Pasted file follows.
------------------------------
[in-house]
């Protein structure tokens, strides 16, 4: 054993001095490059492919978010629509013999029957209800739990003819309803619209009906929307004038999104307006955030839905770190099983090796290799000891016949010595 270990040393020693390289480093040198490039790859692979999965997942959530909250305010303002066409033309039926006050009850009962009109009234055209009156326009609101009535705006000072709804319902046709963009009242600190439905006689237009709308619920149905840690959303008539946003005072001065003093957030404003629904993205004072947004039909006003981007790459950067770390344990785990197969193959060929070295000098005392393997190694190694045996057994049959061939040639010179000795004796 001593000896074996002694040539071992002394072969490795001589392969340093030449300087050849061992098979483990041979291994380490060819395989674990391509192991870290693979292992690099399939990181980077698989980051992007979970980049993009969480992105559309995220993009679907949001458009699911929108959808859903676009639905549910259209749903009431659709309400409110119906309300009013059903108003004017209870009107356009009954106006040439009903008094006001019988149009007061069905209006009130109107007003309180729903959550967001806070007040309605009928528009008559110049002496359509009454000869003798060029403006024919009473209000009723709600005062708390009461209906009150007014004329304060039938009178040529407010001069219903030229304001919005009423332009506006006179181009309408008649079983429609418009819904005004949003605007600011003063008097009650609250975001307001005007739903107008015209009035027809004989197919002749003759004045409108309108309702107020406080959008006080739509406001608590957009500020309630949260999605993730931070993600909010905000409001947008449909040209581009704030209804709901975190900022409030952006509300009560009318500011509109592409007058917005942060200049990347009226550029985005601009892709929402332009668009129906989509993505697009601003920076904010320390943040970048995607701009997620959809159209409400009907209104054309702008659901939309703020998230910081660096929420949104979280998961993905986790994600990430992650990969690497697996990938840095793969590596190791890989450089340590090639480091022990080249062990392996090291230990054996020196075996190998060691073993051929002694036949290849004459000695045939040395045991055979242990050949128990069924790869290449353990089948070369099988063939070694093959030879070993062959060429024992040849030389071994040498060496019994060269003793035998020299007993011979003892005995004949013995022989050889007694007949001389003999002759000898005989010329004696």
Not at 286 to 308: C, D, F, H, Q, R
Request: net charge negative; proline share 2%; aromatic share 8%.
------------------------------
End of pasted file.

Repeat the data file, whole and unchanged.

[in-house]
């Protein structure tokens, strides 16, 4: 054993001095490059492919978010629509013999029957209800739990003819309803619209009906929307004038999104307006955030839905770190099983090796290799000891016949010595 270990040393020693390289480093040198490039790859692979999965997942959530909250305010303002066409033309039926006050009850009962009109009234055209009156326009609101009535705006000072709804319902046709963009009242600190439905006689237009709308619920149905840690959303008539946003005072001065003093957030404003629904993205004072947004039909006003981007790459950067770390344990785990197969193959060929070295000098005392393997190694190694045996057994049959061939040639010179000795004796 001593000896074996002694040539071992002394072969490795001589392969340093030449300087050849061992098979483990041979291994380490060819395989674990391509192991870290693979292992690099399939990181980077698989980051992007979970980049993009969480992105559309995220993009679907949001458009699911929108959808859903676009639905549910259209749903009431659709309400409110119906309300009013059903108003004017209870009107356009009954106006040439009903008094006001019988149009007061069905209006009130109107007003309180729903959550967001806070007040309605009928528009008559110049002496359509009454000869003798060029403006024919009473209000009723709600005062708390009461209906009150007014004329304060039938009178040529407010001069219903030229304001919005009423332009506006006179181009309408008649079983429609418009819904005004949003605007600011003063008097009650609250975001307001005007739903107008015209009035027809004989197919002749003759004045409108309108309702107020406080959008006080739509406001608590957009500020309630949260999605993730931070993600909010905000409001947008449909040209581009704030209804709901975190900022409030952006509300009560009318500011509109592409007058917005942060200049990347009226550029985005601009892709929402332009668009129906989509993505697009601003920076904010320390943040970048995607701009997620959809159209409400009907209104054309702008659901939309703020998230910081660096929420949104979280998961993905986790994600990430992650990969690497697996990938840095793969590596190791890989450089340590090639480091022990080249062990392996090291230990054996020196075996190998060691073993051929002694036949290849004459000695045939040395045991055979242990050949128990069924790869290449353990089948070369099988063939070694093959030879070993062959060429024992040849030389071994040498060496019994060269003793035998020299007993011979003892005995004949013995022989050889007694007949001389003999002759000898005989010329004696």
Not at 286 to 308: C, D, F, H, Q, R
Request: net charge negative; proline share 2%; aromatic share 8%.